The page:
The following procedure was used for the preparation of a TiO2 blocking layer on fluorinated tin oxide (FTO) substrates: 15 wt% poly(vinyl acetate) (PVAc) (Mn ~ 5,000,000) solution was prepared by dissolving PVAc in dimethyl formamide (DMF) and dropping it into a mixture containing 1 g of titanium isopropoxide and 0.5 g of acetic acid while stirring. The as-prepared TiO2 sol was electrosprayed onto a grounded FTO substrate at 17 kV with a constant distance of about 10 cm between FTO and the electrospray syringe at a flow rate of 1.0 ml/h. The resultant ESD TiO2 blocking layer was ~1.1 μm thick and was sintered at 450°C for 30 min in air. In order to prepare SHI-irradiated films, the as-prepared ESD TiO2 films were used without sintering.
SHI was conducted using 15 UD Pelletron tandem accelerator facilities available in the Materials Science Beamline at the Inter-University Accelerator Centre (IUAC), New Delhi, India. The vacuum of the experimental chamber was in the range of 10-6 torr. The TiO2 films, which act as blocking layers, were subjected to 100 MeV O ion irradiation with fluence of 1 × 1013 ions/cm2. The electronic and nuclear energy loss values for 100 MeV O ions in TiO2, calculated using the SRIM code simulation program (SRIM-2010) [24, 25], were 1.284 × 102 and 6.739 × 10-2 eV/Å, respectively. The range of O ions in this experiment is about 54.14 μm, indicating that the entire passage of ions in the film is dominated by electronic energy loss. Further experimental details were published elsewhere .
In order to compare the effect of the blocking layer, two kinds of DSSCs were assembled: (a) a pristine cell fabricated from the ESD TiO2 blocking layer and (b) a SHI cell using an irradiated ESD TiO2 blocking layer. In addition, a reference cell was fabricated from the TiO2 blocking layer prepared by conventional spin coating (Ti(IV) bis (ethyl acetonato)-diisopropoxide solution in 2 wt% of 1-butanol) and was also tested under identical experimental conditions. Further, TiO2 photoanodes thickness about ~6 μm were prepared on the TiO2 blocking layer using TiO2 paste (Solaronix) by a doctor blade technique  and subsequently sintered at 450°C for 30 min in air.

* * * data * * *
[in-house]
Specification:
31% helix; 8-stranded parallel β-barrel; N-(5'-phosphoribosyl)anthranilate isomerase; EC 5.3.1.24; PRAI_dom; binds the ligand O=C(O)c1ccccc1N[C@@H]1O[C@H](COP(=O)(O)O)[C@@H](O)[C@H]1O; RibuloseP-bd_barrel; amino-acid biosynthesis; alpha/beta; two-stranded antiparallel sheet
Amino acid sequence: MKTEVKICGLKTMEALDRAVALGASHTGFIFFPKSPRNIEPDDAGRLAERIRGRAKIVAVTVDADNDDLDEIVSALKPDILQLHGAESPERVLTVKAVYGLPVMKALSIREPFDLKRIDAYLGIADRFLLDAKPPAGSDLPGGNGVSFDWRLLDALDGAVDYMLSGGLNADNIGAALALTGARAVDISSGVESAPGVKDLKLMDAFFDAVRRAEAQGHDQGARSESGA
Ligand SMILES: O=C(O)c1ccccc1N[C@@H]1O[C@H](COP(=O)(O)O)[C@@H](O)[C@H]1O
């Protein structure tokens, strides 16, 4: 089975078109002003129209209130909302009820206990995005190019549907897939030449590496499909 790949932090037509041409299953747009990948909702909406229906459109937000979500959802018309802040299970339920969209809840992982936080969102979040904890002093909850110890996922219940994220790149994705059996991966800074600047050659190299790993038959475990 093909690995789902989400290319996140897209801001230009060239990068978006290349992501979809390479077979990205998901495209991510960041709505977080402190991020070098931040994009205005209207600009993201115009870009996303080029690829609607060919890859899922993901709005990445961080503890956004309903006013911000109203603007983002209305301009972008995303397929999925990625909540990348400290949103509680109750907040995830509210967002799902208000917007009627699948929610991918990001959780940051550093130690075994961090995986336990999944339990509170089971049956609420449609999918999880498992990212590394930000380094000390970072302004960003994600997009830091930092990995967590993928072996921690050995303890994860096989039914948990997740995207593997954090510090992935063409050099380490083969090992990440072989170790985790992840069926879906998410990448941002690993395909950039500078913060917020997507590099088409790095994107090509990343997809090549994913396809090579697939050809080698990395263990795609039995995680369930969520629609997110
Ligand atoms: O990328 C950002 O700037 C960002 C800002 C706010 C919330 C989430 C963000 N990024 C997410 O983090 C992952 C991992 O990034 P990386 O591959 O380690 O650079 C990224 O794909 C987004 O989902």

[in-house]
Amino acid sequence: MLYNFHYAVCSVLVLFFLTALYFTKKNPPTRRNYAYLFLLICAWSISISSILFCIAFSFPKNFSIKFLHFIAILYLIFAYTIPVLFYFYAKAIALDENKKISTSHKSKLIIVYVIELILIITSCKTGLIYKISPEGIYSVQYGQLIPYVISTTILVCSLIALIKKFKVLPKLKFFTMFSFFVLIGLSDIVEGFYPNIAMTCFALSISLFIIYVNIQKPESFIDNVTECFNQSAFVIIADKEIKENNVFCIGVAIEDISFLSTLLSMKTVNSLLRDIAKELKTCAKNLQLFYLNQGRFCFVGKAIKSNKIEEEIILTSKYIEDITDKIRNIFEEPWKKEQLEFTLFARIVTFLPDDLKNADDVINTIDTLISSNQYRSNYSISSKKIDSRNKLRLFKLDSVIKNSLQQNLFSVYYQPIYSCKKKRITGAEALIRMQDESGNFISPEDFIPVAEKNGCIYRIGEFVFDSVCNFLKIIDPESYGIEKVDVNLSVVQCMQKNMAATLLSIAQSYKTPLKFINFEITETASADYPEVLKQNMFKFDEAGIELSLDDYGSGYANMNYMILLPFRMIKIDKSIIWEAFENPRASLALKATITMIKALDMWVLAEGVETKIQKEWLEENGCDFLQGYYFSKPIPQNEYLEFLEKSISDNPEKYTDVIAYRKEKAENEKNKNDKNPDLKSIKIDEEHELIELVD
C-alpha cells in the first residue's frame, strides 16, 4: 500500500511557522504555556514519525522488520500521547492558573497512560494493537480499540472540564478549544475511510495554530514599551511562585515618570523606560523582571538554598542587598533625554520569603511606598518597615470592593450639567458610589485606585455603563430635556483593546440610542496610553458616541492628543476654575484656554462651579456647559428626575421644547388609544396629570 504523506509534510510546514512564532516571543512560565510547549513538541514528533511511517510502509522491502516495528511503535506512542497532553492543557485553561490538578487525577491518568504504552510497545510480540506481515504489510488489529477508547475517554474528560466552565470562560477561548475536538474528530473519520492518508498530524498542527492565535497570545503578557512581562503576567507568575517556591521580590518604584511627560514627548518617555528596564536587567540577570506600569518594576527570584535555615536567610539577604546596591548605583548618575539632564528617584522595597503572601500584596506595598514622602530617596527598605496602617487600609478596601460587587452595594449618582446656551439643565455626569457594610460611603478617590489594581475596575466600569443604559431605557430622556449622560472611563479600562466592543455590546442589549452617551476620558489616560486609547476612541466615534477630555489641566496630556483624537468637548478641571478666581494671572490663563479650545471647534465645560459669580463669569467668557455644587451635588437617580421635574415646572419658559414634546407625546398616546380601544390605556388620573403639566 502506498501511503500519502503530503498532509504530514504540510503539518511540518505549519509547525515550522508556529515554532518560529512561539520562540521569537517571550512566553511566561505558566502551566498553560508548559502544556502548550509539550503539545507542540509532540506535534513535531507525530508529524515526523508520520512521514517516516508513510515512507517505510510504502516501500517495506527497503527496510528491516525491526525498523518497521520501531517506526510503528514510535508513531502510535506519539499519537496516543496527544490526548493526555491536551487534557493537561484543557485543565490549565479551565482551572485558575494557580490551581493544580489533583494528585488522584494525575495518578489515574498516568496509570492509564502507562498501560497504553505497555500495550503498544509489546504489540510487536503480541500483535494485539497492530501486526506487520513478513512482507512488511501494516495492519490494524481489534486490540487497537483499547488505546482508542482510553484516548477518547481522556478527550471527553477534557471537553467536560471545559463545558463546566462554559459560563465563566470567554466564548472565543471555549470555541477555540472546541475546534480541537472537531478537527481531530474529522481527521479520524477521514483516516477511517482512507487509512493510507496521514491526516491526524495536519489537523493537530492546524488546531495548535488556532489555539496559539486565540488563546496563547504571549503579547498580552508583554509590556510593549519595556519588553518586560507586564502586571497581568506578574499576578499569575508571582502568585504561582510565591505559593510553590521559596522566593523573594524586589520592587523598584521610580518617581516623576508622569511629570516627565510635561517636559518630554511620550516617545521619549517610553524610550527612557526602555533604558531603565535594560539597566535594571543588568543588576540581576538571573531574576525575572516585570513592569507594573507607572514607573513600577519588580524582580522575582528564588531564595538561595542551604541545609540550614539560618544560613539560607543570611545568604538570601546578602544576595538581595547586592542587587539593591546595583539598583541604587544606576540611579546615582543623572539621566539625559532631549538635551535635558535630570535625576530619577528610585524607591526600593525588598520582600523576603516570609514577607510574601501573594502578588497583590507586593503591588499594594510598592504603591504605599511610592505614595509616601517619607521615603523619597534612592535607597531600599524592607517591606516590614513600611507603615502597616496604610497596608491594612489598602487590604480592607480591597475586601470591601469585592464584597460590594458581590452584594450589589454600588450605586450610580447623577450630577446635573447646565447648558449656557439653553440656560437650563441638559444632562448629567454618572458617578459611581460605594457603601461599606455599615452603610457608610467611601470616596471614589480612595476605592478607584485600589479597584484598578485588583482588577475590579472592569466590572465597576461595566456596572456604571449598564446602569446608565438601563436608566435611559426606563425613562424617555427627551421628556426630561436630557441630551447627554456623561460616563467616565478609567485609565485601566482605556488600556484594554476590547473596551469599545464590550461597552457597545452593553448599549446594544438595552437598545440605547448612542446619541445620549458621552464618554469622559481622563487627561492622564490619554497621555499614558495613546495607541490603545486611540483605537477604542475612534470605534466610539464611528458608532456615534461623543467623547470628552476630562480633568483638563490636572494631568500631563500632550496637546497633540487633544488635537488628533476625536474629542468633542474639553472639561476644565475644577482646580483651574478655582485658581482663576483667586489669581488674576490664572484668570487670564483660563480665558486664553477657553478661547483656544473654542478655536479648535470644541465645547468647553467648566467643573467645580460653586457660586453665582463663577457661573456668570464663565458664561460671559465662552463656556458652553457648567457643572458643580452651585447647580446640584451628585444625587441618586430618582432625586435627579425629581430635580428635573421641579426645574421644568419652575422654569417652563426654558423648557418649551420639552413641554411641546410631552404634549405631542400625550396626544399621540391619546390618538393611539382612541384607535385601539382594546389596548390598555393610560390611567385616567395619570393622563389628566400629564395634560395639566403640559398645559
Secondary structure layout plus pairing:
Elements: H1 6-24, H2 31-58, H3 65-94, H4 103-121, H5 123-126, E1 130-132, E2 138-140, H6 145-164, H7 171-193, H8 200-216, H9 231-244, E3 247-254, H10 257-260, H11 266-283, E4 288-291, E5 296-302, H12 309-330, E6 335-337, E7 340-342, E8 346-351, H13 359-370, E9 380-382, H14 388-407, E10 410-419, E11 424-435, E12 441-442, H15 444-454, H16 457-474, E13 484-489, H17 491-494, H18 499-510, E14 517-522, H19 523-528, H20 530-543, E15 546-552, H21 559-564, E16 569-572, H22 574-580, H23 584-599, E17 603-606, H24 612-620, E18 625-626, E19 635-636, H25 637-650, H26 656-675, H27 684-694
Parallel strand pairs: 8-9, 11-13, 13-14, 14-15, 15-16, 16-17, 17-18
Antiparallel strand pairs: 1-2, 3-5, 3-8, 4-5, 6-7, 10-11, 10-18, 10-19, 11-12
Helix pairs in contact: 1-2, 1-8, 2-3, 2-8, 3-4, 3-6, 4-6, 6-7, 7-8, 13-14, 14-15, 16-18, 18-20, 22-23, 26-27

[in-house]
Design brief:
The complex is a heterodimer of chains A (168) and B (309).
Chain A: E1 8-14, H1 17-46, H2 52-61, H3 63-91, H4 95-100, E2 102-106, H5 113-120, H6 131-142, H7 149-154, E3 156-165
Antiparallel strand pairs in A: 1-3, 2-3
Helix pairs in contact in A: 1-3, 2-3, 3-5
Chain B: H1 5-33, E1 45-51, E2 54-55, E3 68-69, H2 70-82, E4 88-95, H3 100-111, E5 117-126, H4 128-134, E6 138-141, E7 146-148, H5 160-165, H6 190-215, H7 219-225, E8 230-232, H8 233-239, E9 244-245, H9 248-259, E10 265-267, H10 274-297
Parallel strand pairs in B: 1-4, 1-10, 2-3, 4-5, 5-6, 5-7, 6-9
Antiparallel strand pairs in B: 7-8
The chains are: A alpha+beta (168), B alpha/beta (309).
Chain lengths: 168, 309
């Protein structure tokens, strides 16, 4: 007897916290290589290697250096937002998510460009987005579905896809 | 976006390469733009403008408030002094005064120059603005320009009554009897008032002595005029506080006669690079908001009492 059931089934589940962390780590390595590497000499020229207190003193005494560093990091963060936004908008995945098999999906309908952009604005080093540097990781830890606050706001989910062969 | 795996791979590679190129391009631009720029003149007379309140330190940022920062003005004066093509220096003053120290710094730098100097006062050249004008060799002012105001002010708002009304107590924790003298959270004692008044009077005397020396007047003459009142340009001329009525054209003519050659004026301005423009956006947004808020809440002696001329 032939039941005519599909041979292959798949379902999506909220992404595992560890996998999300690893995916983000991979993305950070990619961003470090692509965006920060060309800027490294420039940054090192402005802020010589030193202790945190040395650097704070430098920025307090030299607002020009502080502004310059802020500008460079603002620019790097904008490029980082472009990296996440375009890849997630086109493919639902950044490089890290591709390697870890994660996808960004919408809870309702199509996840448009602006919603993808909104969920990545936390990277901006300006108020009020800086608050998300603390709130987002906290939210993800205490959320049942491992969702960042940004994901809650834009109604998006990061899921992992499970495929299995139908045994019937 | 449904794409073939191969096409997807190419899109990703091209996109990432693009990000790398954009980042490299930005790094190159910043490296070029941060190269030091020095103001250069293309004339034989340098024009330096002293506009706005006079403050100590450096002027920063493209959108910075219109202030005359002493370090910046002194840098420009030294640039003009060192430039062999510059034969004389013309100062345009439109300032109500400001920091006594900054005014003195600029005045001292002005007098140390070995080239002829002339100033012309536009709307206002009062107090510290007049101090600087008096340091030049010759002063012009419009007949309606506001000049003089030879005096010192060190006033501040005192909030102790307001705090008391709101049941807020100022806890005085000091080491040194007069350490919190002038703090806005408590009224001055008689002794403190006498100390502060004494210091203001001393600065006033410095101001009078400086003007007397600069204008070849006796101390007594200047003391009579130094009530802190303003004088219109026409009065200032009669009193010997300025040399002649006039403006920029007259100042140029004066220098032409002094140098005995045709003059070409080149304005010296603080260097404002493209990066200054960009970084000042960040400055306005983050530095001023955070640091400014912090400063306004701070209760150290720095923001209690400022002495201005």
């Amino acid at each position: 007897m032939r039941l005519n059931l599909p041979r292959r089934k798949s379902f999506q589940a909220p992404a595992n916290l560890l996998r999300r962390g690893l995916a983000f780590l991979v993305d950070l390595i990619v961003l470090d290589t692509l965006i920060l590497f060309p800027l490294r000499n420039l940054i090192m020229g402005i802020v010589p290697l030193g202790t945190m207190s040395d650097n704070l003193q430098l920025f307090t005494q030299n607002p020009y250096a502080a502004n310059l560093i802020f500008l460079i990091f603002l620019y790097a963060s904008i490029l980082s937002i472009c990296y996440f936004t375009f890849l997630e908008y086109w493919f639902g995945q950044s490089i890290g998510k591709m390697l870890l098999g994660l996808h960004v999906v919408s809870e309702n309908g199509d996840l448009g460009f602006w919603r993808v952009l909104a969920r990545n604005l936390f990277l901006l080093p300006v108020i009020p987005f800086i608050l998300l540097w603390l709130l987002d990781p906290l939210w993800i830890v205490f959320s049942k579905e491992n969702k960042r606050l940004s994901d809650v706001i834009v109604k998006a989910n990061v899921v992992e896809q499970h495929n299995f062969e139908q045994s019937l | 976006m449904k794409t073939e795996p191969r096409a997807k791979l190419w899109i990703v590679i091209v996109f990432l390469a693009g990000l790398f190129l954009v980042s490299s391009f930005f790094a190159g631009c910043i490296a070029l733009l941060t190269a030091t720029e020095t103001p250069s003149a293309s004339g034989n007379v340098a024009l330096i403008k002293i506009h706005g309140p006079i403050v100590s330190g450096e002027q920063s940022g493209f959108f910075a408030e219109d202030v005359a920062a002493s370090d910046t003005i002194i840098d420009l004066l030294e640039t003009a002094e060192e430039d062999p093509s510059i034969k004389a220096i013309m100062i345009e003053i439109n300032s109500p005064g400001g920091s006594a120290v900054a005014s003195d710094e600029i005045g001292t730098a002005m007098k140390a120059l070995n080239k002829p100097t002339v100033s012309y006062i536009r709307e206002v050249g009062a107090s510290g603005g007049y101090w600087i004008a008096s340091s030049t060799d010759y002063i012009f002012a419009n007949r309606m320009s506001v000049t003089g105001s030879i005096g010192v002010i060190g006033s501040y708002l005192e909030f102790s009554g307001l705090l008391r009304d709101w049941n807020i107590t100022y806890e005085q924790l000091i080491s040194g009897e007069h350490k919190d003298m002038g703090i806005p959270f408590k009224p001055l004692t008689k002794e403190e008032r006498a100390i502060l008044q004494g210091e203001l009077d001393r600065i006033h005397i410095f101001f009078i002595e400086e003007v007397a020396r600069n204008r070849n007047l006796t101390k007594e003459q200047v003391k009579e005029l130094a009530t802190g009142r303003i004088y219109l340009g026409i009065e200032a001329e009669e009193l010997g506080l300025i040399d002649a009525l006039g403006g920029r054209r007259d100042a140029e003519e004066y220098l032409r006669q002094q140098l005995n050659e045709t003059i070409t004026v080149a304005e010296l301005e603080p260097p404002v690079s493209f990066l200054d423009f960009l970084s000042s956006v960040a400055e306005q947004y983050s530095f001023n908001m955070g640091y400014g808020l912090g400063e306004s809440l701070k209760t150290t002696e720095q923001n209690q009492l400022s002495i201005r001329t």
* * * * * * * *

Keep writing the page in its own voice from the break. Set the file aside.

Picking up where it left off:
N719 dye (di-tetrabutylammonium cis-bis(isothiocyanato)bis(2,2'-bipyridyl-4,4'-dicarboxylato)ruthenium(II)) was used to sensitize the TiO2 photo electrodes. The TiO2 electrodes were immersed overnight in a 0.3 mM dye solution containing a mixture of acetonitrile (ACN) and t-butyl alcohol (1:1 v/v) and dried at room temperature. A sandwich-type configuration was employed to measure the performance of the dye-sensitized solar cells, using a Pt-coated F-doped SnO2 film as a counter electrode and 0.5 M MPII (1-methyl-3-propylimidazolium iodide) with 0.05 M I2 in ACN as the electrolyte solution. Current–voltage characteristics of DSSCs were performed under 1 sun illumination (AM 1.5G, 100 mW cm-2) with a Newport (USA) solar simulator (300 W Xe source) and a Keithley 2,400 source meter (device area is 0.16 cm2). The different stages of the cell fabrication are schematically shown in Figure 1. Electrochemical impedance measurements were carried out using a potentiostat (IM6 ZAHNER) equipped with a frequency response analyzer (Thales) in the frequency range of 0.1 Hz–1,000 kHz. The results were analyzed with an equivalent circuit model for interpreting the characteristics of the DSSCs. Incident photon-to-current conversion efficiency (IPCE) of DSSCs was measured using PV Measurements Inc. (Model QEX7) with bias illumination with reference to the calibrated silicon diode.
The surface morphologies of the TiO2 thin films before and after SHI irradiation were studied by field-emission scanning electron microscopy (JEOL-JSM 6330F). The crystalline phases of the TiO2 films were determined by X-ray diffraction (XRD) using a diffractometer (Rigagu Denki Japan) with CuKα radiation. The conductivity of the samples was studied via the two-probe method.
Results and Discussion
Figure 2 shows the X-ray diffraction spectra of the ESD pristine and the SHI-irradiated TiO2 layers. Hereafter, the SHI-irradiated TiO2 layer is referred to as a layer formed by the ESD first and subsequently SHI-irradiated techniques. The characteristic peak observed at ~25.3° in both the films indicated the presence of an anatase phase of TiO2 (JCPDS 21-1272). The increase in the relative peak intensities observed in the SHI-irradiated sample shows that the SHI irradiation induced crystallization when compared to the as-prepared pristine ESD TiO2 films. The average grain size of the SHI-irradiated TiO2 films was found to be about 47 nm as estimated from Scherrer's equation. The significant additional peak exhibited in the SHI-irradiated sample is not clearly understood.